If you’re buying a home but don’t have a sizable down payment to invest, your best option may be a loan that charges mortgage insurance, such as an FHA or VA loan.
Since all lending is based on risk, there may be some cases where the lender wouldn’t want to approve a borrower for a mortgage without some guarantees or safeguards (or, they’d raise the rates/cost so high to account for that risk, it wouldn’t make sense).
That’s where Mortgage Insurance (MI) or Private Mortgage Insurance (PMI) come in. Most common with Federal Housing Administration (FHA)-backed home loans and others, mortgage insurance ensures that if the borrower stops making payments and defaults on the loan, the lender will still be indemnified.
That peace of mind allows the borrower to get a low interest rate at a fair price in situations where the lender may not be so willing to approve their mortgage without this financial assurance.
However, remember that mortgage insurance is there to protect the lender – not the consumers. Once the loan is funded and the ink dries, there’s no profound financial benefit to the borrower. In fact, homeowners will have to pay more every month as they write a check for their MI or PMI premiums.
FHA Loans and mortgage insurance
FHA loans mandate that borrowers pay mortgage insurance, both up-front when they close the loan and in the form of annual premiums. With FHA loans, that’s true for all borrowers – regardless of the loan amount, their credit scores, or the size of the down payment.
The up-front mortgage insurance cost for an FHA loan (called UPMIP) stands at 1.75% of the loan amount, which doesn’t change no matter how large the loan or how much money you put down. Taking out our calculators, that would mean a $300,000 FHA-backed loan would come with a $4,500 up-front cost to fund that mortgage insurance.
While that’s not an insignificant sum, the good news is that the UPMIP can be added to the loan amount instead of coming out-of-pocket when they close the loan.
In 2020, the Mortgage Insurance Premiums (MIP) for 30-year FHA loans range from 80 to 1.05 Basis Points, or bps. Since a basis point is just 1% of the loan amount, that means borrowers will pay between 0.80% to 1.05% of the loan amount per annum for mortgage insurance.
So, for a $300,000 loan at one basis point, you’d pay $3,000 annually for your MIP, prorated to $250 each month.
Generally, the more money you put down, the shorter your loan term (since there is far less risk in 15-year loans), and the lower the loan amount, the smaller your MI payments will be.
While FHA mortgage insurance isn’t necessarily a life sentence, the rules for removing MI are a little complex: If you funded your FHA loan before July 3rd, 2013, and put less than 10% down, you’ll have to pay MI for the life of the loan. In that same situation but you put more than 10% down, you can remove the mortgage insurance after 11 years. Borrowers used to be able to cancel their MI after they accrued enough equity so their loan-to-value (LTV) reached 78%, but that is no longer the case.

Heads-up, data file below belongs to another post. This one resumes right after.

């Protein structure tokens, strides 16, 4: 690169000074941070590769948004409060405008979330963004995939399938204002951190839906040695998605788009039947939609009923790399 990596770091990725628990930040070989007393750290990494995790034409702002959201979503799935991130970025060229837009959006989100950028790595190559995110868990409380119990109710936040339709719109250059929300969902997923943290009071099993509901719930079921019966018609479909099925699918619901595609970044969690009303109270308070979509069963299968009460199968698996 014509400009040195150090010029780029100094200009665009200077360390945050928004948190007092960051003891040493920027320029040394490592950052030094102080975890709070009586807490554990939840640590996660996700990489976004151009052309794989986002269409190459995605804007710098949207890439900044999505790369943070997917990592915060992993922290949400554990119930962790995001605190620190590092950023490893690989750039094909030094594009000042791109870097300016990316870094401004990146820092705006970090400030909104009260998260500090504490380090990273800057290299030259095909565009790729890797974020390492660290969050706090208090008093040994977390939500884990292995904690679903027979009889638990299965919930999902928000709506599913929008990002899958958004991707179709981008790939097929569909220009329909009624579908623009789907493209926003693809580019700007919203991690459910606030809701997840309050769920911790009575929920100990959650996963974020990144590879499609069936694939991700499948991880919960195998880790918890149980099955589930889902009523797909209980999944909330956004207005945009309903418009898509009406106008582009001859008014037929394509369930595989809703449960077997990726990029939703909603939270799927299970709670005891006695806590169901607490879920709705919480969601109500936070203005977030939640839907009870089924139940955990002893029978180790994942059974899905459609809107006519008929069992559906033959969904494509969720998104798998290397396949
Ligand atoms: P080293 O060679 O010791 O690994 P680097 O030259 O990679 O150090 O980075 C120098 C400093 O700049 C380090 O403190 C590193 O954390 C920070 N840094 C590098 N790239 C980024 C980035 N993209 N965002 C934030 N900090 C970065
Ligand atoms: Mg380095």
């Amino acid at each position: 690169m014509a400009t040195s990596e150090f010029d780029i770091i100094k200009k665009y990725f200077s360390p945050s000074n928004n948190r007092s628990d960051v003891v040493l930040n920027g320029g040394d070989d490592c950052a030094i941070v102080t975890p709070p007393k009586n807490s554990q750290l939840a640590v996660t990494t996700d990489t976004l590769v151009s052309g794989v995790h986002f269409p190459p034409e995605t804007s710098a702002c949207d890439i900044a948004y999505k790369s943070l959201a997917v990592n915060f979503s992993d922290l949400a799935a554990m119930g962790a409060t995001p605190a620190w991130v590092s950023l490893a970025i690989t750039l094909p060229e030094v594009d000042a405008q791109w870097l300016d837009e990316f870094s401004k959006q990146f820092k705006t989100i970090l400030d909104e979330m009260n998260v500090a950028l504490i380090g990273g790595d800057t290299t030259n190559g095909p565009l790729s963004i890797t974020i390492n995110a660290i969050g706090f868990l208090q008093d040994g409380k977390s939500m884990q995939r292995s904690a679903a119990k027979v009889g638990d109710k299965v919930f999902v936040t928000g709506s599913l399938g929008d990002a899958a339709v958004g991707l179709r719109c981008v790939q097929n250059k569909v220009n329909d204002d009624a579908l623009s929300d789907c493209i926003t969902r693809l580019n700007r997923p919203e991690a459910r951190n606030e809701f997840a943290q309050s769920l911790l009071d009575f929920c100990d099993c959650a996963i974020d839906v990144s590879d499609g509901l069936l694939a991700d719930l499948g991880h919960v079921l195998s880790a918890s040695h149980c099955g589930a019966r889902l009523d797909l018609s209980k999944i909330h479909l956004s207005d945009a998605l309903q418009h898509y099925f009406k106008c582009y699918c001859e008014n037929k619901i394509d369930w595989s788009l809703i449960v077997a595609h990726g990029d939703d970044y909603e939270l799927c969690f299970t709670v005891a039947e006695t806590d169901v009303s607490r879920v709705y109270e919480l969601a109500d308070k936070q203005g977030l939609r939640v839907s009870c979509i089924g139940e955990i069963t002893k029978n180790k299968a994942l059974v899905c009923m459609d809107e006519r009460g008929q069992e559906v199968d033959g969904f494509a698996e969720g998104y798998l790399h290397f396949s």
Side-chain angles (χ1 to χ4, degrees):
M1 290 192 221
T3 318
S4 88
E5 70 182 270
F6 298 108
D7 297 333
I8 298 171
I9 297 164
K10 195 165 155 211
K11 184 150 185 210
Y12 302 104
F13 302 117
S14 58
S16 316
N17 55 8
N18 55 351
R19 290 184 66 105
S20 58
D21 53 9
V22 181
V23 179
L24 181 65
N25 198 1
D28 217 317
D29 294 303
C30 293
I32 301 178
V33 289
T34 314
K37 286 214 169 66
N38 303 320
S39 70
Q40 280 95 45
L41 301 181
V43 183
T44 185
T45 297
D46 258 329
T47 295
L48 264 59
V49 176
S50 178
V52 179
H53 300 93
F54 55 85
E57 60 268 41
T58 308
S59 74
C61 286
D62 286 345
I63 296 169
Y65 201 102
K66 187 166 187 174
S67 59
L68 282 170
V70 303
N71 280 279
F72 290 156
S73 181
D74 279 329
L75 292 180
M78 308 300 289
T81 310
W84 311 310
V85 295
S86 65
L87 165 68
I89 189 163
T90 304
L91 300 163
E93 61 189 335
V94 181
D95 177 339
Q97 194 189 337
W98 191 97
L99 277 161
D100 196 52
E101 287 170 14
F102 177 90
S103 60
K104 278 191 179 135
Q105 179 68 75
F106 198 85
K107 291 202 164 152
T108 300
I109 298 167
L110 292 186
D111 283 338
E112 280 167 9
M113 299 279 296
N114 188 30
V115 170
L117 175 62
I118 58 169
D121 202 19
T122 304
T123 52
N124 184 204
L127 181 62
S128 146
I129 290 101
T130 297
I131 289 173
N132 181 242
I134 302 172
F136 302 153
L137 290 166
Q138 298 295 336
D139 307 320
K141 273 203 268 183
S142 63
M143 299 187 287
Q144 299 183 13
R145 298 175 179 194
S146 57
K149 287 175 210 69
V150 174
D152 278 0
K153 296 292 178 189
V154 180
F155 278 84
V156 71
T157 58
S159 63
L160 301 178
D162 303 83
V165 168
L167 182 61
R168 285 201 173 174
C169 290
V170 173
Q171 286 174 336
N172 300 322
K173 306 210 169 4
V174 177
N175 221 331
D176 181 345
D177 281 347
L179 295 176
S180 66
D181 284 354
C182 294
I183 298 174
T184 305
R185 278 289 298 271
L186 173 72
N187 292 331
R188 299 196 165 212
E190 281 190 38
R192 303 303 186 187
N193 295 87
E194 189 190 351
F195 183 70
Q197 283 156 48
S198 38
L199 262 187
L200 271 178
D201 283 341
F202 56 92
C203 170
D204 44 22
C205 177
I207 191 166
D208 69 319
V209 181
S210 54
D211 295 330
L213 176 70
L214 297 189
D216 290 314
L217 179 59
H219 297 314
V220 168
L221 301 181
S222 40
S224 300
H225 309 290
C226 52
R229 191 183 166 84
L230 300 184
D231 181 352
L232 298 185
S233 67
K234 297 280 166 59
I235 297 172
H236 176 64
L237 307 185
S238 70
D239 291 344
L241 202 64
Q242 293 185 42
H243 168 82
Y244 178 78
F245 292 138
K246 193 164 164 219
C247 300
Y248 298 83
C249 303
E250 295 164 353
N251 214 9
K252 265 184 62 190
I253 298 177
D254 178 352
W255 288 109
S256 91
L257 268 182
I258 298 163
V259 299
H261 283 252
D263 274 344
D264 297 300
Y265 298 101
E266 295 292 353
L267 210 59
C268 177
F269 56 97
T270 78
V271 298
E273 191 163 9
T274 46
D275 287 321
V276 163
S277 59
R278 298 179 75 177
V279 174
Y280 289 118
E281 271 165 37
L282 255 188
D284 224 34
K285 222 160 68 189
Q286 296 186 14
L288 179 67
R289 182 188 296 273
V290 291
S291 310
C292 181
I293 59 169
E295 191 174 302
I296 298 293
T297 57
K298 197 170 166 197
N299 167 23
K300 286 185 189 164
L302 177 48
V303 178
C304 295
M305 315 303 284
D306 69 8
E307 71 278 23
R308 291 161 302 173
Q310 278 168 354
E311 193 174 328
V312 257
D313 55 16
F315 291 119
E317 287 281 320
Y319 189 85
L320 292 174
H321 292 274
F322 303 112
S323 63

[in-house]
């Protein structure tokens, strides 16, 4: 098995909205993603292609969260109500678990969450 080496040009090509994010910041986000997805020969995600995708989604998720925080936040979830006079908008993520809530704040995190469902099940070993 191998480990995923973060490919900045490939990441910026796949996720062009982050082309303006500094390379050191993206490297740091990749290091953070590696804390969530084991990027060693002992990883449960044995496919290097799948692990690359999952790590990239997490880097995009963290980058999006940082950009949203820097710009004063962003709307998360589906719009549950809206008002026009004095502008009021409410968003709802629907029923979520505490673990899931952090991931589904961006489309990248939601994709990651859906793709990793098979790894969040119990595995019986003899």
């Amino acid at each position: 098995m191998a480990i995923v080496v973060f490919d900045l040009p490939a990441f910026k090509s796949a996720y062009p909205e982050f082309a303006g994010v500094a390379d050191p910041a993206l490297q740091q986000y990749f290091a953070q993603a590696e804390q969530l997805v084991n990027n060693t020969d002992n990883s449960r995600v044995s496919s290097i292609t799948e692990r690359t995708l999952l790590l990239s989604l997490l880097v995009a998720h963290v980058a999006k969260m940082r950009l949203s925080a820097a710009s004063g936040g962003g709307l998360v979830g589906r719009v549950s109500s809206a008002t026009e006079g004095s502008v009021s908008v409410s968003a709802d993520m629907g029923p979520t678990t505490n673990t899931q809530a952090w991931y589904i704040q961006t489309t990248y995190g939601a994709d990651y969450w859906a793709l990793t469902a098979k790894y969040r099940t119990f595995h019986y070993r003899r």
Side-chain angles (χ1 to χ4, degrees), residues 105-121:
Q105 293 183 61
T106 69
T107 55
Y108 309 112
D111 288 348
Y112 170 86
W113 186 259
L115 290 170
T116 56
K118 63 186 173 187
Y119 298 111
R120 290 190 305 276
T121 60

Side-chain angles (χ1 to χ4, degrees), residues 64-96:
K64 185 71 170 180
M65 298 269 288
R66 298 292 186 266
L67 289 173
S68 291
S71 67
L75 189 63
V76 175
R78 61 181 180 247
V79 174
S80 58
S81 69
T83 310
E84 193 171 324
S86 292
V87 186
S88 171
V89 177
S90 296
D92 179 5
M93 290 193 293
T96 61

But you can refinance out of that FHA loan into a conventional loan or any other loan product that doesn’t come with mortgage insurance, which is the simplest option for most homeowners.
Veterans Affairs (VA) loans and mortgage insurance
If you’re eligible for a VA loan, you won’t have any mortgage insurance to pay, as Veterans Affairs (VA) guarantees those loans without MI. They do, however, charge a VA funding fee, a one-time fee that ensures against losses and keeps the program funded and healthy for military personnel and their families.
USDA loans and mortgage insurance
Likewise, USDA loans are government-backed mortgage loans that are geared towards helping people in rural and suburban areas buy homes with no down payment. But, unlike VA loans, USDA loans do come with mortgage insurance.
Mortgage insurance for USDA loans is paid in two ways: upfront and annually. The upfront mortgage insurance premium is 1% of the loan amount and is added to that loan, so borrowers don’t pay out-of-pocket at closing.
The annual fee for USDA loans adds up to 0.35% of the loan amount, which is significantly less expensive than similar premiums for FHA loan.
So, for a $300,000 loan funded with a USDA loan, the upfront mortgage insurance would be $3,000 (added to the loan), and the annual premium would come to only $1,050 per year.
Private Mortgage Insurance
When it comes to home loans with mortgage insurance, FHA, VA, and USDA aren’t the only options. Many conventional, non-government-backed loans will also come with mortgage insurance attached to the price tag, collectively referred to as Private Mortgage Insurance (PMI).
While there are far more options these days for borrowers and buyers who don’t have 20% to put down or 20% equity, PMI was once prevalent in the lending landscape. Just like mortgage insurance with FHA loans, the insurance is for the lender – not the borrower, ensuring that their loss will be covered in the event that you default on the loan.
Different banks, lenders, and loan programs are structured differently when it comes to how the mortgage insurance is funded and paid. Still, there most likely are monthly premiums and possibly an up-front fee, too, paid at closing.
Typically, when you accrue 20% equity (or pay your loan down below that threshold), there is a process where you can apply with the lender to have your PMI removed.
If you have any questions about qualifying for a loan with a low or no down payment, homeownership through FHA, VA or USDA loans, or mortgage insurance, please contact me!